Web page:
TEXTILE Designer Fi Douglas may have her hands full with a baby on the way and a studio in Glasgow’s Park Circus, where she produces the fabrics that are bestsellers in John Lewis, yet she still has time to smell the roses.
And the peonies, wallflower and blossom that burst all over her bold, bright floral designs. “Flowers have always been my thing and made me happy.
“Growing up in Scotland, I have always hated winter, and flowers and sunshine make you feel good. I love gardens and being outside, and flowers are just put on this earth to be so beautiful and incredible.”
Douglas’s customers agree, and her cushions, throws and fabrics are sought-after from Joppa to Japan – and may parts in between. “I wanted to make something that people really love and get enjoyment from, something joyous to lift their spirits, and why not? It doesn’t always have to be beige.”
“I grew up on the west coast, in Fort William, and we had a garden as well as a house full of art, textiles and ceramics because my family are all into art,” says the 31-year-old. “But it was my grandpa’s garden in Devon that I really loved. As a child, the smells and colours were so exotic.”
Currently living in a flat in Glasgow, where the lack of a garden pains her, Douglas nevertheless lives in a world of blooms through her designs, and the appeal of flowers has seen her business blossom. Encouraged by her husband Phil, an accountant with Ernst and Young, she set up the business in 2009 after studying textiles at Glasgow School of Art and then gaining several years of experience as a textile designer in the industry. “The time just felt right to do it, which sounds crazy because it was in the middle of a recession, but it was a lot about creative freedom and being in charge of my own destiny too.
“It’s a shame that the creative talent has to go south, so I wanted to set up a business here and provide jobs for others. I’ve got six people working at Bluebellgray now – designers, a studio assistant and a PR, so we’ve moved to bigger studios and can work on more projects. We do everything from initial concept to manufacturing and what goes out to customers, and it means I can still paint all the florals.”
Douglas has never been one to ignore her instincts, having switched from a painting degree to textiles when she felt her need to “paint a beautiful painting” was out of synch with the department. However, she acknowledges her time spent on the painting course now informs the more abstract elements of her designs – particularly her bestselling fabric, titled ‘Abstract’, which is splashed all over the Fi Bench. “It’s one of the favourite things I have ever done,” she says.
“It’s made by a British furniture maker, with our fabric, so all made in the UK. When I saw that in the window of John Lewis in Glasgow it was incredible. I thought, ‘Oh my goodness, this is starting to get massive.’”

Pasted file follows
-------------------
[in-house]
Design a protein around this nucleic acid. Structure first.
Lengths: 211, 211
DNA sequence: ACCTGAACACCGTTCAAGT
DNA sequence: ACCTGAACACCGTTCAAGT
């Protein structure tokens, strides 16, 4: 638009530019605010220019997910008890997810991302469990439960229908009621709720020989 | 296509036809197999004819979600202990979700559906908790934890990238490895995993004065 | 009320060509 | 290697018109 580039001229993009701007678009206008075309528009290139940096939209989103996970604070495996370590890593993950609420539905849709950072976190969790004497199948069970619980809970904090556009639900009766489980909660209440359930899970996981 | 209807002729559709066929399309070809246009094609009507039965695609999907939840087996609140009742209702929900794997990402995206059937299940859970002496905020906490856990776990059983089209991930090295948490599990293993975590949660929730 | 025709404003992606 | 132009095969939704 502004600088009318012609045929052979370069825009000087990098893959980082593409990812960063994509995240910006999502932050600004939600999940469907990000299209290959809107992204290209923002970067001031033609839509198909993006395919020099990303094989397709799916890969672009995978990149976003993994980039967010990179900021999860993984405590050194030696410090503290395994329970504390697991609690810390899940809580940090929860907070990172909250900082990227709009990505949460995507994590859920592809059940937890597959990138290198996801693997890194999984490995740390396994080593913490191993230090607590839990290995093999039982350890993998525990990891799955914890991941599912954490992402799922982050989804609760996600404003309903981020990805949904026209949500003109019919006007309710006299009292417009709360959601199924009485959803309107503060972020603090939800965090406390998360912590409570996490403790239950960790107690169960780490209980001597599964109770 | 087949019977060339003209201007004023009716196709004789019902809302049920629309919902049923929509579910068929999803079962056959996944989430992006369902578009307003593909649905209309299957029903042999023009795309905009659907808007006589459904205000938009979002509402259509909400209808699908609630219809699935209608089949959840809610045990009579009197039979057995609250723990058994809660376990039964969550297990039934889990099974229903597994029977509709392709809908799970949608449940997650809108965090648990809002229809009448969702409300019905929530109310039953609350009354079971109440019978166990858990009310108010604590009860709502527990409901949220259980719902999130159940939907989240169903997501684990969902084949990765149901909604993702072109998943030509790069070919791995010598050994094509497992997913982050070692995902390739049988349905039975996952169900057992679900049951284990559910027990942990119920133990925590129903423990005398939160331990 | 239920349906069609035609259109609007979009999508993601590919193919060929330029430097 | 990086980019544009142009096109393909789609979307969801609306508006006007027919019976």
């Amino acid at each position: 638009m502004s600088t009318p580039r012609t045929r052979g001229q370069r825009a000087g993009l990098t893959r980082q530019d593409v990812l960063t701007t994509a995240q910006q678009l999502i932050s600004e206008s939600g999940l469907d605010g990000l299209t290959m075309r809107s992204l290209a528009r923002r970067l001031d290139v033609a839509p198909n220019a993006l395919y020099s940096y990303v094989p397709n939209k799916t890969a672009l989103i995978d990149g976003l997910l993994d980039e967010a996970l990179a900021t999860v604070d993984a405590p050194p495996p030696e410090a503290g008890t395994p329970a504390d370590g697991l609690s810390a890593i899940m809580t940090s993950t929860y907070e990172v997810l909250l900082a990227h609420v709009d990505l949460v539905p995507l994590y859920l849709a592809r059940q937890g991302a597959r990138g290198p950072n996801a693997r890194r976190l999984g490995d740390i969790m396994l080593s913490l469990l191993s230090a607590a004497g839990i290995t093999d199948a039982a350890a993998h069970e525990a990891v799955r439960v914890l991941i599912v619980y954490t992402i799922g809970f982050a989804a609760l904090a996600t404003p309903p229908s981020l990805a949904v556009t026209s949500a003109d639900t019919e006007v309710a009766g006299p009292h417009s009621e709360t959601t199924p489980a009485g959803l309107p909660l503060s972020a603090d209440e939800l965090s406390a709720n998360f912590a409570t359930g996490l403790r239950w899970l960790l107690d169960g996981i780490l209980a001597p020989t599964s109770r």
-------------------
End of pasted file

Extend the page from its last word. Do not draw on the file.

Douglas admits her approach to business is as freeform and instinctive as her designs, and all the better for that. “I don’t think I ever had a big master plan. It was always about small goals and steps and it has grown organically. I never expected it to become what it has.
“I don’t know if it’s Scottish reserve or nerves as a designer, but I’m not a huge personality and we don’t blow our own trumpet. We just get on with it. I’m not a fan of forced networking but life takes you and you meet amazing people along the way who have help you – investors, the John Lewis team, customers ... We have been very lucky.”
Customer feedback also played a big part during the time Douglas, an inveterate traveller, spent on the shop floor of the Hankyu department store in Osaka, Japan, last year. As an advocate of the hands-on approach, she spent much of her trip painting – the daily interaction with customers included a white rabbit secreted in one visitor’s coat emerging to hop all over her work, as well as receiving gifts of paper cranes and flowers.
The visit also inspired her latest collection, Blossom, and she promises that with a baby on the way the white rabbit might well put in appearance in her designs. “Having a baby will change things, and there are also a couple of really interesting collaborations in the pipeline with British companies.
“Our success is a combination of a lot of things. I’m a big believer in treating people how we want to be treated and only want to do business with those I respect and trust. We believe in being fair and honest and that comes back to us. We don’t chase things, they’ve just happened naturally.”
And off she goes to continue doing what comes naturally.
• Bluebellgray (www.bluebellgray.com); Fi Bench, £1,100, John Lewis (www.johnlewis.com)